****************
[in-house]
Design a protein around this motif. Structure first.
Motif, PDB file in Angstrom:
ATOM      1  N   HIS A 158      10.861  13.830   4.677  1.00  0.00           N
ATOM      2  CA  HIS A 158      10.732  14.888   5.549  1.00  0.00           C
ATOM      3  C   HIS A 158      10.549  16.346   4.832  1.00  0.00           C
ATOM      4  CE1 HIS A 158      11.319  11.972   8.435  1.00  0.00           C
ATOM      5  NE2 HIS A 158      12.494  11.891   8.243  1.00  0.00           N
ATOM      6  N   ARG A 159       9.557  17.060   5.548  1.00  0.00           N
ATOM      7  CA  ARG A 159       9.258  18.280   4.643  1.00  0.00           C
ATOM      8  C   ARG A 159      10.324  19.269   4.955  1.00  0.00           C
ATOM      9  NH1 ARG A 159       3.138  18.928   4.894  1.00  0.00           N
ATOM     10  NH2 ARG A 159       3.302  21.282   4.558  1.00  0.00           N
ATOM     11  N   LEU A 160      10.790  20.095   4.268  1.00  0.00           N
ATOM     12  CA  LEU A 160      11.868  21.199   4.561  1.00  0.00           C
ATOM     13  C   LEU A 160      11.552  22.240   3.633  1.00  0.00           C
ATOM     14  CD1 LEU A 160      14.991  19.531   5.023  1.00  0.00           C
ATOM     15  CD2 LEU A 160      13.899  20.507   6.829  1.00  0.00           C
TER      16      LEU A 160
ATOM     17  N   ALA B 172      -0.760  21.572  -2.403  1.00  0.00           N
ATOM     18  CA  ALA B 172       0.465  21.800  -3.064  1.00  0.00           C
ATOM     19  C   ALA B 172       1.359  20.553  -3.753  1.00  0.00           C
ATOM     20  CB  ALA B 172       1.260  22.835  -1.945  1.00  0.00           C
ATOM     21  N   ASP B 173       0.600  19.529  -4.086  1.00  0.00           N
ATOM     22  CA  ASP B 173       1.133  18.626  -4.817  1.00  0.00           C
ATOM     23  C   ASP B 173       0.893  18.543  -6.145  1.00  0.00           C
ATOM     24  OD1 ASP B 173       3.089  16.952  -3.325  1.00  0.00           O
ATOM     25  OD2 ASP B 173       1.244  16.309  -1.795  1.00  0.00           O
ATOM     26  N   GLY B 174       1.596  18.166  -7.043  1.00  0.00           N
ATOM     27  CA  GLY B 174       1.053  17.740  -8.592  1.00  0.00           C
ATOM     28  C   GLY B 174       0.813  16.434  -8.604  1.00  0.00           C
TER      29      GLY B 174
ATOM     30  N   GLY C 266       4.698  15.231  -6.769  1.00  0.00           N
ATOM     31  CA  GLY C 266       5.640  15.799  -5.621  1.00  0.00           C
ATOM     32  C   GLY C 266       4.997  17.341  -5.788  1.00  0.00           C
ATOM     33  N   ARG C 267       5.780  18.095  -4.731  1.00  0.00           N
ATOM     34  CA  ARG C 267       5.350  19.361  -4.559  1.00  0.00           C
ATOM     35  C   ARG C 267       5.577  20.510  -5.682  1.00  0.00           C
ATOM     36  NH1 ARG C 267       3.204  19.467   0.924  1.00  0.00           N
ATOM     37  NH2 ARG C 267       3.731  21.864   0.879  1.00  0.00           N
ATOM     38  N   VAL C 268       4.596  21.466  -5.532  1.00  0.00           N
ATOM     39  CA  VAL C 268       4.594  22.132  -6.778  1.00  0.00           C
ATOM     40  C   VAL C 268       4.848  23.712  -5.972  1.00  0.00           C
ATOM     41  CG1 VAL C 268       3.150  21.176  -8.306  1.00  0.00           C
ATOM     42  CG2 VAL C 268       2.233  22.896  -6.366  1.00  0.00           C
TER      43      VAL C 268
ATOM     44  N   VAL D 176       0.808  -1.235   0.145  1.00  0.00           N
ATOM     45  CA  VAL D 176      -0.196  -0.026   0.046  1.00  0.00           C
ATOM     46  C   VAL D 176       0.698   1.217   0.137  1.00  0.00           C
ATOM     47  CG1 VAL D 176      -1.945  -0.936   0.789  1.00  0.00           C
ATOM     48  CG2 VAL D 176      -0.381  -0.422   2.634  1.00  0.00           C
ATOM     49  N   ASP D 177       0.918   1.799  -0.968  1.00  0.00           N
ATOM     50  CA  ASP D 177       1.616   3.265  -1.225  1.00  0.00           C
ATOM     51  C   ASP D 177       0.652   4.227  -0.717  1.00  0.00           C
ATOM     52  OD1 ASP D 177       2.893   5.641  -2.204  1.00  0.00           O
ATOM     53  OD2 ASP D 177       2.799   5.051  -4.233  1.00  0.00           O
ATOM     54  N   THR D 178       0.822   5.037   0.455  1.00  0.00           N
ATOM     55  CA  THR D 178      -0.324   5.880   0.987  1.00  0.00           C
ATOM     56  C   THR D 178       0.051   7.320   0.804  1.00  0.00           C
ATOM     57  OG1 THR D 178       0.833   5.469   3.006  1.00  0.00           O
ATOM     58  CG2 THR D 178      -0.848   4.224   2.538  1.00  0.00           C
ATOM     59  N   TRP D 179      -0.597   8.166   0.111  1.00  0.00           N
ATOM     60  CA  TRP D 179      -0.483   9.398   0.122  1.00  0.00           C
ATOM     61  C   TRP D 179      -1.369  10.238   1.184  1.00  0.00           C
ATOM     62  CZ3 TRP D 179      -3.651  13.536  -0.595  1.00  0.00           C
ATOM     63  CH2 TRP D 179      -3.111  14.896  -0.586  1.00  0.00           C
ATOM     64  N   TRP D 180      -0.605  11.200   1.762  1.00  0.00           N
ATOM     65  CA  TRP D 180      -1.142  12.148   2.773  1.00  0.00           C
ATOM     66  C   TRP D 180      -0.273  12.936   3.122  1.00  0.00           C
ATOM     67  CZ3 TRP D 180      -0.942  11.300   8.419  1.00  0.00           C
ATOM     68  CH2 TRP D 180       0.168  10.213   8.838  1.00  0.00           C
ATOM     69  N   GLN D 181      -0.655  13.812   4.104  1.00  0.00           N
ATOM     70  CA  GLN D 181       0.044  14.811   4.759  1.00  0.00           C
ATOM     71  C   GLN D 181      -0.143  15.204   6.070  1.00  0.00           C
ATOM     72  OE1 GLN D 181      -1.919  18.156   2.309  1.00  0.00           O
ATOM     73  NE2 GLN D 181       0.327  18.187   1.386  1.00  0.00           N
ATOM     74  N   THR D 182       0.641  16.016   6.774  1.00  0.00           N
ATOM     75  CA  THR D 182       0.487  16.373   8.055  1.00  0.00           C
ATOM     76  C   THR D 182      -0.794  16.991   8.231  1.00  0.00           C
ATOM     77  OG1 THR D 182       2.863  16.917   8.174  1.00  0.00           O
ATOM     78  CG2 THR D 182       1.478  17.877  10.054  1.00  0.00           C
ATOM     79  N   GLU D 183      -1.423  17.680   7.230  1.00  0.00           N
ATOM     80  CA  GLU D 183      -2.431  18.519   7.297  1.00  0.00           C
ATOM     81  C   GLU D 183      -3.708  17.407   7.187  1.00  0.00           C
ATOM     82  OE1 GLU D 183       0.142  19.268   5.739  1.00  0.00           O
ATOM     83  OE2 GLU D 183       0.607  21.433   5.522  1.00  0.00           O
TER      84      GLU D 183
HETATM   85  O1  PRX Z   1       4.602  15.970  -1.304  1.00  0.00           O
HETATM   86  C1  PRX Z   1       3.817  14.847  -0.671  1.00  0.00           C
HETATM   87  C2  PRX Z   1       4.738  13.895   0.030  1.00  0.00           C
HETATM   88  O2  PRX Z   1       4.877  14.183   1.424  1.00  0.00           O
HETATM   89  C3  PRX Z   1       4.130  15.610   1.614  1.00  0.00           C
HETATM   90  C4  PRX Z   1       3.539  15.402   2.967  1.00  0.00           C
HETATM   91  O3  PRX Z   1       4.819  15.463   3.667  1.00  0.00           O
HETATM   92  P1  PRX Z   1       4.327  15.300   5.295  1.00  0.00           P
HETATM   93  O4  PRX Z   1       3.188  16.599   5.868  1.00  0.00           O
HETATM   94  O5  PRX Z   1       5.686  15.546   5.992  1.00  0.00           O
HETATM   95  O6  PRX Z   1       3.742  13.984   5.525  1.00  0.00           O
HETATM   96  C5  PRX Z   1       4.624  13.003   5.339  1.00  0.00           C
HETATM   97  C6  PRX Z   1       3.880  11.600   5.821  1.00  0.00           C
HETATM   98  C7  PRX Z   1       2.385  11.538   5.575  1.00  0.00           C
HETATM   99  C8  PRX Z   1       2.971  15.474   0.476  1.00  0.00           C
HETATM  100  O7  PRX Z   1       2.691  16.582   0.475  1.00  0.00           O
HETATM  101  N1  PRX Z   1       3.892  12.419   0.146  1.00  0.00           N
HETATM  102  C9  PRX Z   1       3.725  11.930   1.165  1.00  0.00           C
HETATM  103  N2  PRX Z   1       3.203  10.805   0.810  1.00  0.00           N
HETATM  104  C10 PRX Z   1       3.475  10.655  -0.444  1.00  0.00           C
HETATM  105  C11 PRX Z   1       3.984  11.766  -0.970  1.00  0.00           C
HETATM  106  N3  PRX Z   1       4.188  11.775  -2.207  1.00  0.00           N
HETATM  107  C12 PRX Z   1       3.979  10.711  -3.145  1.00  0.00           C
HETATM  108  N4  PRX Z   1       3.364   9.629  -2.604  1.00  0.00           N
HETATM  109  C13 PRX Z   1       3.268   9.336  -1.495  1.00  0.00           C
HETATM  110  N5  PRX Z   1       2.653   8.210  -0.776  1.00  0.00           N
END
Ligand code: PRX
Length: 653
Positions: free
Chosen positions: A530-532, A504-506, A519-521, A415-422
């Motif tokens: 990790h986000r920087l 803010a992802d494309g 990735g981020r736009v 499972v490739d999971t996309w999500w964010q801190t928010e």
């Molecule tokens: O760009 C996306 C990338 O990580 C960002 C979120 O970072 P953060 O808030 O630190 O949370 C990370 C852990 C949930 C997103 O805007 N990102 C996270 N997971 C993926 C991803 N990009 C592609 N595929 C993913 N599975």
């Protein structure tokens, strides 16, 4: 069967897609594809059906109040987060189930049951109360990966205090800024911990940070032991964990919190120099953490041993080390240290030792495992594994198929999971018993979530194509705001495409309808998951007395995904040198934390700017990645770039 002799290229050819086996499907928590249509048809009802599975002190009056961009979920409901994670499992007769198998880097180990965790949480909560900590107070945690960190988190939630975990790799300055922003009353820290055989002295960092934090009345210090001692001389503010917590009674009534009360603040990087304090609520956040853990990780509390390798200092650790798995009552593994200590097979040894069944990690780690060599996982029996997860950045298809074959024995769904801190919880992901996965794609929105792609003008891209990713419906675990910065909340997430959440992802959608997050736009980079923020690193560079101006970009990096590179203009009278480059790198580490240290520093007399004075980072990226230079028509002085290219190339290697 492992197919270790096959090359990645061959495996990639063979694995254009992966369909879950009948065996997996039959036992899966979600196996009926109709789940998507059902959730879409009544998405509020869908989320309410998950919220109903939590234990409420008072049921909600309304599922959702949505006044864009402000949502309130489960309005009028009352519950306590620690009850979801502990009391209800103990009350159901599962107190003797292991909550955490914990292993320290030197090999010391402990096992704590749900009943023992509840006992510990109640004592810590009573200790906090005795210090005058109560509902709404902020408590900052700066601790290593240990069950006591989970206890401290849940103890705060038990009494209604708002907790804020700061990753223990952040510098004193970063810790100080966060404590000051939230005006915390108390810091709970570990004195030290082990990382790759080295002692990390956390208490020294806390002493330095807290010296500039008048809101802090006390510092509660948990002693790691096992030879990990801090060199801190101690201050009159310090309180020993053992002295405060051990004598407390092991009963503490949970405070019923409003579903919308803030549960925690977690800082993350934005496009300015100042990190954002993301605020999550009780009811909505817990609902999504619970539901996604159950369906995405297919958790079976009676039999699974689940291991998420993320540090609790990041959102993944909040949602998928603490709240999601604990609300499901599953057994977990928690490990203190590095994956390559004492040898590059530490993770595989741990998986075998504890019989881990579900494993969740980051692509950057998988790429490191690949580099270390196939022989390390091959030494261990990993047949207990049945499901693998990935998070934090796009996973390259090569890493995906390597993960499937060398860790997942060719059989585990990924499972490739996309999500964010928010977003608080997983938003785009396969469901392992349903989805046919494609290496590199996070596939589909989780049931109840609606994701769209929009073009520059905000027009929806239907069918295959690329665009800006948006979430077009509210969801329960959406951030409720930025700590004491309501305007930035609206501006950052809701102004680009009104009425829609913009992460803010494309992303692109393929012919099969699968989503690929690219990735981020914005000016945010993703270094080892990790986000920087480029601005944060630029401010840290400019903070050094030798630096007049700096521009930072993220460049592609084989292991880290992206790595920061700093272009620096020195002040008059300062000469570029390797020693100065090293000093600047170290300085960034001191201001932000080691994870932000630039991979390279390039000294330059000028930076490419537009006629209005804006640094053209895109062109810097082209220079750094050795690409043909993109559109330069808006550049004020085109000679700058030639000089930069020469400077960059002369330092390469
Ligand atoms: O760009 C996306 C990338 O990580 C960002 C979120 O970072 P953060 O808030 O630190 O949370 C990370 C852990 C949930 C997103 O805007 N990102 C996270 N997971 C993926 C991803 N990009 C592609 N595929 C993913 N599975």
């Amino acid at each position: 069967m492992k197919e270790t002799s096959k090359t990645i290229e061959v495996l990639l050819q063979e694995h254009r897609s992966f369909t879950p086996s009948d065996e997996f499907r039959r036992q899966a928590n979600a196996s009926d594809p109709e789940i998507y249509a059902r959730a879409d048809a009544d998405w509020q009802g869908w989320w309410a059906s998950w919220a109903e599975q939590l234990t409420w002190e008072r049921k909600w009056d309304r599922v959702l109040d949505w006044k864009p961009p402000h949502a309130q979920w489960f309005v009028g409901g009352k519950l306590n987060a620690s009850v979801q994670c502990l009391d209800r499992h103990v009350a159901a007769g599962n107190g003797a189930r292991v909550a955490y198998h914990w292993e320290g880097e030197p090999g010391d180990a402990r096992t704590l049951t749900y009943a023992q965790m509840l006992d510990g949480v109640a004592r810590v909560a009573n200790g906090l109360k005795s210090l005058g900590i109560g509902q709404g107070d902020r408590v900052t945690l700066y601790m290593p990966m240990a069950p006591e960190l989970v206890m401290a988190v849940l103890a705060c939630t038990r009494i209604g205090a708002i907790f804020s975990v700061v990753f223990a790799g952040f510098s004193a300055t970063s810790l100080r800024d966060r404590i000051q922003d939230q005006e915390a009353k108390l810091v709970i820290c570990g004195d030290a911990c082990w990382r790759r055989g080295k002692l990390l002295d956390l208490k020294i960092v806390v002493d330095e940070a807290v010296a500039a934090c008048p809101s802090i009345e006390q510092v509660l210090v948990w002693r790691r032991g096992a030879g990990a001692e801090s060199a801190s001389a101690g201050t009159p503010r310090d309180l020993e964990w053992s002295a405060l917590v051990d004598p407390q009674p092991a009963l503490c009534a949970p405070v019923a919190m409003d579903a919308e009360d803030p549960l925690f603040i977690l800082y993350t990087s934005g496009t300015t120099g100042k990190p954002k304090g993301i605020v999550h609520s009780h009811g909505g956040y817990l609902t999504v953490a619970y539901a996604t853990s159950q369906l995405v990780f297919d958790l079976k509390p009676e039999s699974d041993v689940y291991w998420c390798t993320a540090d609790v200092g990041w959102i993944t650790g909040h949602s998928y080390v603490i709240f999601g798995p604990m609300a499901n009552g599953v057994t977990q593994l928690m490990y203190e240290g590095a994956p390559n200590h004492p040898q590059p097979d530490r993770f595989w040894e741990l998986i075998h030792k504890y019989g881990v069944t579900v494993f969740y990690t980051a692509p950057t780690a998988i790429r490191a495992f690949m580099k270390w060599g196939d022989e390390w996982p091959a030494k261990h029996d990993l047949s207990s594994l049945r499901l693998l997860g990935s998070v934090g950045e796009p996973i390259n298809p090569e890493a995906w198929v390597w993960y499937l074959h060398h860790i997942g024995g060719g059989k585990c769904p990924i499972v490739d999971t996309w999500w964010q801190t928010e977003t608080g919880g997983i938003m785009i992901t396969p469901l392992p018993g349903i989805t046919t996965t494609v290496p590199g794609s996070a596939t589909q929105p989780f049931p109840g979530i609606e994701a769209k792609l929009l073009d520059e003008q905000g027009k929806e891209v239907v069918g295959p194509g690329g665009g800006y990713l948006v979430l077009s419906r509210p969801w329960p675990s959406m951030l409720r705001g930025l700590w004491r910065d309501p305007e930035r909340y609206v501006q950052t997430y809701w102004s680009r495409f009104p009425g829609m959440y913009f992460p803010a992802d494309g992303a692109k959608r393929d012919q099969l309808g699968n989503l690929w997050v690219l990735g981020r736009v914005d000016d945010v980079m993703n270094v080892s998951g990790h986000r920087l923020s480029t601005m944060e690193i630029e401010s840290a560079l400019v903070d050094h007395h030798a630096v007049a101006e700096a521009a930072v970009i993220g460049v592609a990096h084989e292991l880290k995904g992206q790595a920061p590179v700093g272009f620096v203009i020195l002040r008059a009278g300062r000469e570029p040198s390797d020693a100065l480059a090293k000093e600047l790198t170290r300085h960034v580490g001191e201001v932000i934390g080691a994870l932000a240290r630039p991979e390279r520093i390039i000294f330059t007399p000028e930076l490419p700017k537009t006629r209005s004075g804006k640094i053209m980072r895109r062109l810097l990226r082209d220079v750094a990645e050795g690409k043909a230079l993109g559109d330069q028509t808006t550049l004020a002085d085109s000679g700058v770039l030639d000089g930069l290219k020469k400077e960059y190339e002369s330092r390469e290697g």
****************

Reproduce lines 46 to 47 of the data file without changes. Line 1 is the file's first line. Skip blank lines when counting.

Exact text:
TER      43      VAL C 268
ATOM     44  N   VAL D 176       0.808  -1.235   0.145  1.00  0.00           N